Root cause analysis is one of the most crucial problem-solving elements in quality management. Learn everything about the analysis method and its importance to the Six Sigma methodology.
Root cause analysis (RCA) is a process for identifying the root causes of problems and a systematic approach for responding to them. Root cause analysis is based on the idea that effective management should find a way to prevent problems before they occur and affect the work of an entire organization.
Root cause analysis is one of the most crucial problem-solving elements in quality management. Root cause analysis is an important part of Six Sigma methodology, as it is a key component of the analyze phase of DMAIC – define, measure, analyze, improve, control.
There are six major tools of root cause analysis, which are used through the process of identifying the root causes of a problem.
A Pareto chart is a bar chart sorted in descending order from the highest frequency to the lowest frequency from left to right. The height of the bars reflects the frequency or the impact of the problems. The Pareto chart assists the quality improvement team in focusing on areas of improvement with the greatest impact. The Pareto chart is used in Six Sigma to find out the problems and their solutions, and root cause analysis is an important part of that process. To create a Pareto Chart, you can follow X, Y, and Z steps.
The 5 Whys method uses a series of questions to understand the layers of a problem. The idea is that each time you ask why, the answer you give becomes the fundamental of the next why until you find the sources of the problem. The 5 Whys is a simple tool used for problems where you don’t need any advanced data. This method is used to deeply analyze the results of a Pareto chart used in Six Sigma.
A scatter diagram is a two-dimensional graphical representation of a set of data. The scatter diagram graphs pairs numerical data with one variable on each axis to look for their relationship. Its ability to show nonlinear relationships between variables is widely used in Six Sigma. Scatter plots are widely used as a tool for analyzing problems in Six Sigma. Scatter plots show how the variables relate to each other. This relationship is called correlation, and there are three types of correlation: positive, negative, and no correlation. In Six Sigma, a scatter plot will visually display the correlation between a problem and a cause, whether there is positive, negative, or no correlation. This helps quality teams to evaluate which hypothetical cause has the greatest impact on a problem and which should be solved first.
A fishbone diagram, also called a cause-and-effect or Ishikawa diagram, sorts possible causes into various categories that origin from the initial problem. Moreover, a fishbone diagram may have additional multiple sub-causes derived from each identified category. The fishbone diagram is the most used cause-and-effect analysis tool in Six Sigma. The cause-and-effect analysis is one of the key tasks in any Six Sigma project.
Failure mode and effects analysis (FMEA) is a method used to explore potential defects or failures during the process and product design. In Six Sigma, FMEA gives project teams a tool to predict the most likely failures that may impact the customers. The Failure Mode and Effects Analysis is implemented during the analyze phase of the Six Sigma DMAIC cycle, and it helps to estimate the significance of the impact of possible process failures.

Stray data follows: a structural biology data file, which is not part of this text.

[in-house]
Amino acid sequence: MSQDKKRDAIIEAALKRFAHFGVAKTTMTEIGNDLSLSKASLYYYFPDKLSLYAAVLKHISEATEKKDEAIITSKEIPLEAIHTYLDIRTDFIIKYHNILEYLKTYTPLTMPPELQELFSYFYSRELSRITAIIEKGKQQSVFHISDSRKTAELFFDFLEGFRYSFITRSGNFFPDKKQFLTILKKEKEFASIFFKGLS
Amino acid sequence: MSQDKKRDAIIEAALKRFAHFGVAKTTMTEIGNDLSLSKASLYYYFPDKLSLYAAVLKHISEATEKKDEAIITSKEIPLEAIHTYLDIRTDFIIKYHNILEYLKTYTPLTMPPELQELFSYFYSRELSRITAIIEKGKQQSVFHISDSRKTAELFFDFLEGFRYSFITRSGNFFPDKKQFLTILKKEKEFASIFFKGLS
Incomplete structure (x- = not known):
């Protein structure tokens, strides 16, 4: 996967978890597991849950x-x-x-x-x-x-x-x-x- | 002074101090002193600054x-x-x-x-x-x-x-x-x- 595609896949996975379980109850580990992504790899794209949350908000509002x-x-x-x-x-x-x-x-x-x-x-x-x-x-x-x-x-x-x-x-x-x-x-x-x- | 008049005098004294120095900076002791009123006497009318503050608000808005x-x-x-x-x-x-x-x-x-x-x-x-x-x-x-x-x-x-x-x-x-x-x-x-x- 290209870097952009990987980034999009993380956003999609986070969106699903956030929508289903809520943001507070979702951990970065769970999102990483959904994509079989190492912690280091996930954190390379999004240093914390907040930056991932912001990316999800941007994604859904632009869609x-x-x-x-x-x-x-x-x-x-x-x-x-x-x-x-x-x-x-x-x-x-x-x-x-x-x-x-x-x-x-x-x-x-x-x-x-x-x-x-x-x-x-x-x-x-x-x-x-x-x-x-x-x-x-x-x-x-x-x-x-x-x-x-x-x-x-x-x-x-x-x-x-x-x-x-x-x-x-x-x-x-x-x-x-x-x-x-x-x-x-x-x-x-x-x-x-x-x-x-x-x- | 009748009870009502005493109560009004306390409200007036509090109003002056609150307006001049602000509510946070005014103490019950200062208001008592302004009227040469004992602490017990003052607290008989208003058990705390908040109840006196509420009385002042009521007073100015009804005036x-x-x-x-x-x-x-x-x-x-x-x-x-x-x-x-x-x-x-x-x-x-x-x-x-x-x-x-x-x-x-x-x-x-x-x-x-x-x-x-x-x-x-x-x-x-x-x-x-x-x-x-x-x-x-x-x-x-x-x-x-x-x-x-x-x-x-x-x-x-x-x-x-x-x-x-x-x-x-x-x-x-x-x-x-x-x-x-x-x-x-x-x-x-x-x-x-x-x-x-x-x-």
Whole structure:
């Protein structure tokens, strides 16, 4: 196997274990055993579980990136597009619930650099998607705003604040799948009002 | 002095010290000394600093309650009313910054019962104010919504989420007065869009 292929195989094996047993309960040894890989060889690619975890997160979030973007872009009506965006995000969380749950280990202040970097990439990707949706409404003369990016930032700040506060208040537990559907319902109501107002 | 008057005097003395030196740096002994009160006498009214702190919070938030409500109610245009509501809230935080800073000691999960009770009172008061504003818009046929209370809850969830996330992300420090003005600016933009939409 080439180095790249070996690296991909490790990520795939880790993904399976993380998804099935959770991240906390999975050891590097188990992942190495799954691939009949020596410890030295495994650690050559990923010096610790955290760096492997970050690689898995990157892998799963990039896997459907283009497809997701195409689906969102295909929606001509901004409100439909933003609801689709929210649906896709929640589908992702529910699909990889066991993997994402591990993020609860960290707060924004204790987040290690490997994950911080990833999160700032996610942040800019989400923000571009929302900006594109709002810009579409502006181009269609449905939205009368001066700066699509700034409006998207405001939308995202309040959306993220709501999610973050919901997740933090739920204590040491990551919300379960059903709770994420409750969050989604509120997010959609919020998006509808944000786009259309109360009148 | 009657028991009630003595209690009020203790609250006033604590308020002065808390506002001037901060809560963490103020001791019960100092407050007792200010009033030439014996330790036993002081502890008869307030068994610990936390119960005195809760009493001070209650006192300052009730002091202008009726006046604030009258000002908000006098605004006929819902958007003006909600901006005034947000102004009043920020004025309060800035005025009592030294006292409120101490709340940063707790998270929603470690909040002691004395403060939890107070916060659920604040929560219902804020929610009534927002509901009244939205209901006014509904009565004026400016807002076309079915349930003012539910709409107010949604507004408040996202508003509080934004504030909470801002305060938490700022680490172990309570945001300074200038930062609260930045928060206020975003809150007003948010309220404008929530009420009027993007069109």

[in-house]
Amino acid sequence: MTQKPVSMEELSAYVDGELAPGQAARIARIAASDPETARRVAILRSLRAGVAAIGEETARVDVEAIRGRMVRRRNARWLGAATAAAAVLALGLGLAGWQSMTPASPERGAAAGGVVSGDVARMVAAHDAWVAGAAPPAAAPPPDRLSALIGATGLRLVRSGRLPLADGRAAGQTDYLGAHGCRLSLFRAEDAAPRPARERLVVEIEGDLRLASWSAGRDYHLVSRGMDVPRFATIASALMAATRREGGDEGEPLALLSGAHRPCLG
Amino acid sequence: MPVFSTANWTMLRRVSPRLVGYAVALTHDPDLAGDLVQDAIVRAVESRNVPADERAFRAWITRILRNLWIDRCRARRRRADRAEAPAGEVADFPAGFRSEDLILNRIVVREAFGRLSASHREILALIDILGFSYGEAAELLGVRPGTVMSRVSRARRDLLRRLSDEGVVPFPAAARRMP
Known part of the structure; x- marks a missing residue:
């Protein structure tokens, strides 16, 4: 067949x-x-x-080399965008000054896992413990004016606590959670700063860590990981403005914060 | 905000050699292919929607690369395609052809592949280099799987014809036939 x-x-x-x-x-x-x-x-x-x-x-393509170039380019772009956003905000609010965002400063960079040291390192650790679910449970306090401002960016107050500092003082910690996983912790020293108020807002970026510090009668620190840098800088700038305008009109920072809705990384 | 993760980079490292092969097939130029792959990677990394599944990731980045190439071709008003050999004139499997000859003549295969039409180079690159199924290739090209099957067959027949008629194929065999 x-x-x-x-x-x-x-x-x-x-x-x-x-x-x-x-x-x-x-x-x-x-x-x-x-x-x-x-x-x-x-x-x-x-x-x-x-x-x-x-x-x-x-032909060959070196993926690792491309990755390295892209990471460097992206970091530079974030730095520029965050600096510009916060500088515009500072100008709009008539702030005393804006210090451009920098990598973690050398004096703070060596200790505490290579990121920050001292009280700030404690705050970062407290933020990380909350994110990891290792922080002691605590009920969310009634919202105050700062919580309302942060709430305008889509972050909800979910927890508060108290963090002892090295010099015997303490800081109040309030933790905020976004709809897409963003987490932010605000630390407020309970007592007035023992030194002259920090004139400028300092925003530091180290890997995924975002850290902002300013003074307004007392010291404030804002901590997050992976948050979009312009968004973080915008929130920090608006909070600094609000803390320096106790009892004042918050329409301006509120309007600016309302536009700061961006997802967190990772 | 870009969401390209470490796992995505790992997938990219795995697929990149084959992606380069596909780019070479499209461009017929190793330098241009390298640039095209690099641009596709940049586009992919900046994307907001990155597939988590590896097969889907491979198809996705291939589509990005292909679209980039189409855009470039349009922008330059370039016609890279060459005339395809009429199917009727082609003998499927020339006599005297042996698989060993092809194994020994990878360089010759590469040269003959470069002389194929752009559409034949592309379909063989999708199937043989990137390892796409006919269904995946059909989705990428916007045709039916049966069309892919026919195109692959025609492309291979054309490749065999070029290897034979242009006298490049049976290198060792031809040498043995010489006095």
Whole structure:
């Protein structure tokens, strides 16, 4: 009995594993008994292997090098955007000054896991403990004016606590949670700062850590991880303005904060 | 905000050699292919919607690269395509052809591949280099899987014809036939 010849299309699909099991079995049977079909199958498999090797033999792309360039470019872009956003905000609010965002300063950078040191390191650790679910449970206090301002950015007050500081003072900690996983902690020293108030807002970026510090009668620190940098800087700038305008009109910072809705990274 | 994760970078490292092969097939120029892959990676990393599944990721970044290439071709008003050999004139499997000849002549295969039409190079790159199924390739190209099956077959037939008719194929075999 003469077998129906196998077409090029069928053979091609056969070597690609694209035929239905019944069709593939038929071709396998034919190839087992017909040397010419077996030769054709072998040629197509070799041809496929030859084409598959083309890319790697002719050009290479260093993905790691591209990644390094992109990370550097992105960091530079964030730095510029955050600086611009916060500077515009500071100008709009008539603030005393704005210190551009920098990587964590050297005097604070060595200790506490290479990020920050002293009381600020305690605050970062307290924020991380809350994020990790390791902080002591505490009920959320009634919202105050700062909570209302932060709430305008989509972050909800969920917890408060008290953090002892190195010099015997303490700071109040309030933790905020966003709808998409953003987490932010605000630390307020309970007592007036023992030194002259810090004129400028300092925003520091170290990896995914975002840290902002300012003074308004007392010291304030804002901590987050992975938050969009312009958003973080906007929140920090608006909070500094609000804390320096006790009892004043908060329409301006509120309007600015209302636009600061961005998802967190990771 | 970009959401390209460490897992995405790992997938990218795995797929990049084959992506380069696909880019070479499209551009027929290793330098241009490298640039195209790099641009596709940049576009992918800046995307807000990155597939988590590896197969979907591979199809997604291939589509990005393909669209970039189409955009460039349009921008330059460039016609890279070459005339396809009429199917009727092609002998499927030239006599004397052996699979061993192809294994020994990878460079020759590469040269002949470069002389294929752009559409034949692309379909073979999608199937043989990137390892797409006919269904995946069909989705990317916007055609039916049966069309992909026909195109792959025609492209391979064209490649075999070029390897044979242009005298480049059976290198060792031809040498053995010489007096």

Fault tree analysis (FTA) is a graphical tool and one of the more useful tools in Lean Six Sigma problem investigations. FTA explores the causes of system-level failures. Fault tree analysis prioritizes the risks in a way that allows the highest risks to be resolved first. It uses boolean logic to combine a series of lower-level events, and it is basically a top-down approach to identify the component level failures (basic event) that cause the system level failure (top event) to occur. When combined with other Lean Six Sigma tools, fault tree analysis helps the team focus on the most important input variables to the key output variables in a given process. FTA is a top-down approach to identify the component-level failures that cause the system-level failure to occur.
Here you can see the ways to use the tools in Root Cause Analysis.
Root cause analysis can be performed in six steps - define the event, find causes, find the root cause, find solutions, take action, verify solution effectiveness. Some of the RCA tools can be implemented during the root cause analysis steps. To define the event and go to the source of the problem, you can use the 5 Whys. To find the potential causes of the event in question, you may implement Fishbone diagrams. To uncover the root cause that lies at the heart of the problem, you can use a Scatter Chart and Pareto Analysis.
Yes, there are root cause analysis tools templates. RCA templates are used to analyze a recurring problem and help eliminate the root causes. Root cause analysis teams drill down to the root of the problem in order to implement solutions so the problem won’t appear again.
Root cause analysis tools are important in determining and identifying defects and the main causes of defects. By identifying the root cause, the organization can find a permanent solution to it so that possibility of its future re-occurrence can be reduced or eliminated. RCA plays an important role in developing a logical approach to solving problems.
The tools of root cause analysis are improving work efficiency by detecting and eliminating possible or existing problems at the beginning of a process, system, or production.
Root cause analysis tools have countless applications in many industries. Here you can see the list of Root Cause Analysis Sectors.
The main six approaches to root causes analysis are:
During the 30-day trial period you can invite your team and test the application in a production-like enviroment.